Chuck Todd to Leave NBC’s “Meet the Press”

From a Washington Post story by Jeremy Barr headlined “Chuck Todd to leave NBC’s ‘Meet the Press’; Welker will become host”:

Chuck Todd, who has served as moderator of NBC’s Sunday morning talk show “Meet the Press” since 2014, will pass the baton to colleague Kristen Welker in September.

Todd, who will become NBC’s chief political analyst, made the announcement on Sunday morning’s edition of the show. “When I took over ‘Meet the Press,’ it was a Sunday show that had a lot of people questioning whether it still could have a place in the modern media space,” he said. “Well, I think we’ve answered that question and then some.”

Todd, 51, said he was motivated by a desire to spend more time with his family and focus on long-form projects like documentary series and documentary dramas. “I’ve let work consume me for nearly 30 years,” he said. “I can’t remember the last time I didn’t wake up before 5 or 6 a.m., and as I’ve watched too many friends and family let work consume them before it was too late, I promised my family I wouldn’t do that.”

He also praised Welker as the right person to succeed him in the job. “I’ve had the privilege of working with her from essentially her first day, and let me just say she’s the right person in the right moment,” he told viewers.

Welker, 46, who joined NBC News in 2010, has long been trumpeted as a rising star at the network — and across the industry.

On Twitter, Welker described Todd as a mentor and friend. “I’ve learned so much from sitting with him at the anchor desk and simply experiencing his passion for politics,” she wrote. “I’m humbled and grateful to take the baton and continue to build on the legacy of @MeetThePress.”

In her role as NBC’s chief White House correspondent, Welker has regularly guest-hosted “Meet the Press” and also co-hosts the streaming show “Meet the Press NOW,” which airs at 4 p.m. on weekdays.

“She is the ideal journalist to build on the Meet the Press legacy,” said NBC News’s president of editorial, Rebecca Blumenstein, and senior vice president of politics, Carrie Budoff Brown, in a memo sent to staffers on Sunday morning.

Welker served as the moderator of the final 2020 presidential debate between Donald Trump and Joe Biden, earning praise for her performance. In addition to being the youngest debate moderator of the presidential election cycle, she was also the only moderator of color.

During a period of declining viewership across broadcast and cable news, “Meet the Press” still draws big audiences, averaging 2.57 million total viewers in the 2021 to 2022 broadcast season. Among total viewers, the show trailed its competitors on CBS (“Face the Nation”) and ABC (“This Week”), though it came in second place in the age demographic most valued by advertisers.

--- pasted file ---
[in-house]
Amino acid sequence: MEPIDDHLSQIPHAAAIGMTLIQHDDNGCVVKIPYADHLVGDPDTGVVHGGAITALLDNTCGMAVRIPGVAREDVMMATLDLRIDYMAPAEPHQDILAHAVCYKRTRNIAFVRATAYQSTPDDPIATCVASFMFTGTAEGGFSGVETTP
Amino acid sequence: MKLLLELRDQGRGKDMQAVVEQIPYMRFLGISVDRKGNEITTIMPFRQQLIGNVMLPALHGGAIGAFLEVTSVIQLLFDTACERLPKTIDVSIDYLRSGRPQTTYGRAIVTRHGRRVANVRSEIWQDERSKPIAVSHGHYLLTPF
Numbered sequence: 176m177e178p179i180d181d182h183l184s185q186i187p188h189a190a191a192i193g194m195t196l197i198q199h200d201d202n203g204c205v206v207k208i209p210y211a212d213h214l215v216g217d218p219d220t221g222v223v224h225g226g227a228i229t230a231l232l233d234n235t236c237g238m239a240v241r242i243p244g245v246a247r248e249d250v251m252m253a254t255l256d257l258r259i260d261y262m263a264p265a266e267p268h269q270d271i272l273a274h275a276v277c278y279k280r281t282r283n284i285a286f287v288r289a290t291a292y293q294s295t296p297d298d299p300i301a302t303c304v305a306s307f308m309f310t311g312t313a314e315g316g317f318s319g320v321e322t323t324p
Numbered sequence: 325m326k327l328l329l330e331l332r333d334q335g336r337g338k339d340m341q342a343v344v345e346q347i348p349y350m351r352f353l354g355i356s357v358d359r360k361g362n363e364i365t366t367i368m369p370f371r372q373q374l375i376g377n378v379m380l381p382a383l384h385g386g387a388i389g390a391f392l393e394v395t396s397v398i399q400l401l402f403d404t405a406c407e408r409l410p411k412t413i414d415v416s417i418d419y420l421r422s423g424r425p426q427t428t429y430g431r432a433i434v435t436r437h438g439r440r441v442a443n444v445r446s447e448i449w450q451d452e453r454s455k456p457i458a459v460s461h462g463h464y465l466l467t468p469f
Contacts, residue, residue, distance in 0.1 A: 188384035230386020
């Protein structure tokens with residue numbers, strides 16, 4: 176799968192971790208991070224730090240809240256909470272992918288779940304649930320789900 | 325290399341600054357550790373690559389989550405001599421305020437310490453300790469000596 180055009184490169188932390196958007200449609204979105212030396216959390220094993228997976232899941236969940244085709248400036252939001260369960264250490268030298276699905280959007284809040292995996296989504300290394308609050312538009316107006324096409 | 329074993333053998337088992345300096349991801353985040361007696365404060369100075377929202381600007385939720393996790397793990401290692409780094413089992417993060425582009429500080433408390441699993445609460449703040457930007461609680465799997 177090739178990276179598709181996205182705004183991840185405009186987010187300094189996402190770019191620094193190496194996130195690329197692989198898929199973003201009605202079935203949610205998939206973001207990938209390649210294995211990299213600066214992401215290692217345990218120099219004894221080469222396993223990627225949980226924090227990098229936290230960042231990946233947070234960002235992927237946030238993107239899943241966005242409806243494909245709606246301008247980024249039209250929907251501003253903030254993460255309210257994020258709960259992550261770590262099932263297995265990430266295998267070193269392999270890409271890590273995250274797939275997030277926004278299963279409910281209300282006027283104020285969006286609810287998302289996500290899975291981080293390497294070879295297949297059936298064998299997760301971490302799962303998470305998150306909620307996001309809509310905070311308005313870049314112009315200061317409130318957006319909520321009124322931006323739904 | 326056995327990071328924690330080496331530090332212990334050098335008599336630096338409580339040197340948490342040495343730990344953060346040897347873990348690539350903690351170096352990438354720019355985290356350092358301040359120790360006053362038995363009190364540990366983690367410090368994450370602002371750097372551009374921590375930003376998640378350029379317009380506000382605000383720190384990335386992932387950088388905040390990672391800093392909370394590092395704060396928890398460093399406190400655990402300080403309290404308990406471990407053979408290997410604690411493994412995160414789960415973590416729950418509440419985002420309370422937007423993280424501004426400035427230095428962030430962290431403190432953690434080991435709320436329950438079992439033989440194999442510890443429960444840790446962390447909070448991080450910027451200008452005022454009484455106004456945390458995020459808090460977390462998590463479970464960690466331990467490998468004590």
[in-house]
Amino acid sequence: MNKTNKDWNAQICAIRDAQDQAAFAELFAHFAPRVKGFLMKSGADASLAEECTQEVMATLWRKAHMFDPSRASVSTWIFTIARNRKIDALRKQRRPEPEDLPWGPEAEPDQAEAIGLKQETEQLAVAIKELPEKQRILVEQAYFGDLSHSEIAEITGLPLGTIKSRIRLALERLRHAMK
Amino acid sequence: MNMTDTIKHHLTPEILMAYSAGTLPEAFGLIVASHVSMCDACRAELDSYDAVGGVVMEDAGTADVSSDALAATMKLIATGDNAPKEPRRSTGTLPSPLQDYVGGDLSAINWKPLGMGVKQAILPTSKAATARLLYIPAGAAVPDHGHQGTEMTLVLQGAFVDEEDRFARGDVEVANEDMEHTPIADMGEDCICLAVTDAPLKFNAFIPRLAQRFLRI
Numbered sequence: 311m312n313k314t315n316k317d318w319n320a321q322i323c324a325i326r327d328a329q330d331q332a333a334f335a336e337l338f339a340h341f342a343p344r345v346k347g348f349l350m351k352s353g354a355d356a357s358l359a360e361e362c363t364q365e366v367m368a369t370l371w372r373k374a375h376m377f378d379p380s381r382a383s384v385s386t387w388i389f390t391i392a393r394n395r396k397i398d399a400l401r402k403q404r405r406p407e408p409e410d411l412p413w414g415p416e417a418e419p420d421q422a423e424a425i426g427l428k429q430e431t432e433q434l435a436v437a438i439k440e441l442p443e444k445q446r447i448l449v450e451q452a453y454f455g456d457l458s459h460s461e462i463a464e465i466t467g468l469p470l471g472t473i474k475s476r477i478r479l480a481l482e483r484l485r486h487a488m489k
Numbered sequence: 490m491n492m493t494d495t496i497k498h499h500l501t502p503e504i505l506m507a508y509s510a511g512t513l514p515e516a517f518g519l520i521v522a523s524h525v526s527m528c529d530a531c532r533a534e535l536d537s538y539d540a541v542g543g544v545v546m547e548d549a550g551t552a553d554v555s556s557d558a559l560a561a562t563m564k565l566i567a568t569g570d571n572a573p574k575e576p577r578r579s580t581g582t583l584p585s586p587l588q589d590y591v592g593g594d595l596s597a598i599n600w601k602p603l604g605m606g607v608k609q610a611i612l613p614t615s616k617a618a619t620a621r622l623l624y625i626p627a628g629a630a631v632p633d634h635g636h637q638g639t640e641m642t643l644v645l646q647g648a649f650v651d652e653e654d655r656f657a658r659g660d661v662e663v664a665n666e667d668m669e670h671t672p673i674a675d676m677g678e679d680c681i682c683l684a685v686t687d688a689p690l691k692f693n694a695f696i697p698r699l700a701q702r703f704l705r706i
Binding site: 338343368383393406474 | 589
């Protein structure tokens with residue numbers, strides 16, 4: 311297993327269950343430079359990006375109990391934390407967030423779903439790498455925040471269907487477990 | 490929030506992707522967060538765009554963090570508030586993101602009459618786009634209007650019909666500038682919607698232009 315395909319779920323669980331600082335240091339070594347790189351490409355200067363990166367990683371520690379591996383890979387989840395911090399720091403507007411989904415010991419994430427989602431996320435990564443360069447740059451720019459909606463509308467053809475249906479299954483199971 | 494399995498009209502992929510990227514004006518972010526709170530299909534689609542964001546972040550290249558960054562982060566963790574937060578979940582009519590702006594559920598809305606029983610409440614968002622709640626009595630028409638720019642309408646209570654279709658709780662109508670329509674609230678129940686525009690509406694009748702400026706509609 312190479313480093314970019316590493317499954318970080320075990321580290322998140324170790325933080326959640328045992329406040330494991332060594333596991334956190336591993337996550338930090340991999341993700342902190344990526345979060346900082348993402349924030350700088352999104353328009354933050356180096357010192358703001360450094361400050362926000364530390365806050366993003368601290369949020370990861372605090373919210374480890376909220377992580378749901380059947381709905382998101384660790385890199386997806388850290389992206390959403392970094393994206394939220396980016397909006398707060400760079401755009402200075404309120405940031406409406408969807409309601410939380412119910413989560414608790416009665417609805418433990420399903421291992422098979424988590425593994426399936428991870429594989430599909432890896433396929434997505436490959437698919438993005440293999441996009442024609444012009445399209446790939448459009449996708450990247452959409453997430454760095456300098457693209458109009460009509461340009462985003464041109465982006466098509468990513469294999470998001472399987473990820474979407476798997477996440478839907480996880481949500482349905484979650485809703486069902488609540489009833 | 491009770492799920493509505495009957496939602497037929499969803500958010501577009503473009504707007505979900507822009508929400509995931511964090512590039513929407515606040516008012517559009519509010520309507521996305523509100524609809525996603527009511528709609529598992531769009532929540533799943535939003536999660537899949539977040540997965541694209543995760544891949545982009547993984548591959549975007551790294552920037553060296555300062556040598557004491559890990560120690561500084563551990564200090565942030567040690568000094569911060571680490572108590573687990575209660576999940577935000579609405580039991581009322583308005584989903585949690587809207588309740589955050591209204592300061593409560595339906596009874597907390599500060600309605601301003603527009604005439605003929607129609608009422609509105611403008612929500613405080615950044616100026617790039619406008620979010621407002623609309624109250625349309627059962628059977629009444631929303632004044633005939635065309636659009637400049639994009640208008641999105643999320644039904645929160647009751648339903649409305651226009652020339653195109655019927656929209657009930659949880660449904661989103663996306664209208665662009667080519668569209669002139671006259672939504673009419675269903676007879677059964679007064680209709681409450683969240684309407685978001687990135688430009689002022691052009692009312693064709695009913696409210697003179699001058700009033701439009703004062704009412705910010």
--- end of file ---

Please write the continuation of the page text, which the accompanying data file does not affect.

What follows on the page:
Overall, however, the Sunday morning broadcast shows have declined from the social and political influence they once held.

In announcing his departure from the program, Todd sought to put his role as moderator in the context of the country’s current political moment. “I leave feeling concerned about this moment in history but reassured by the standards we’ve set here,” he said.

Todd was credited with expanding the “Meet the Press” brand, hosting a daily show on MSNBC that ended in 2022, the “Meet the Press Reports” weekly streaming show and even a branded film festival.

But he also came under regular criticism for some of his editorial decisions. A 2020 headline in the Los Angeles Times described him as “first in viewers — and Twitter critics.” He pushed back on calls to exclude Republicans who supported efforts to overturn the results of the 2020 presidential election from appearing on Sunday morning shows like “Meet the Press,” arguing that “you’ve got to be careful of absolutes.”

On Sunday, Todd nodded to the criticism, which he said he took in stride. “If you do this job seeking popularity, you are doing this job incorrectly,” he said. “I take the attacks from partisans as compliments.”

He also addressed some of the broader critiques of his performance as a moderator and interviewer. “We didn’t tolerate propagandists, and this network and program never will,” he said. “But it doesn’t mean sticking your head in the sand either; if you ignore reality, you’ll miss the biggest story.”

Jeremy Barr covers the media industry for The Washington Post.

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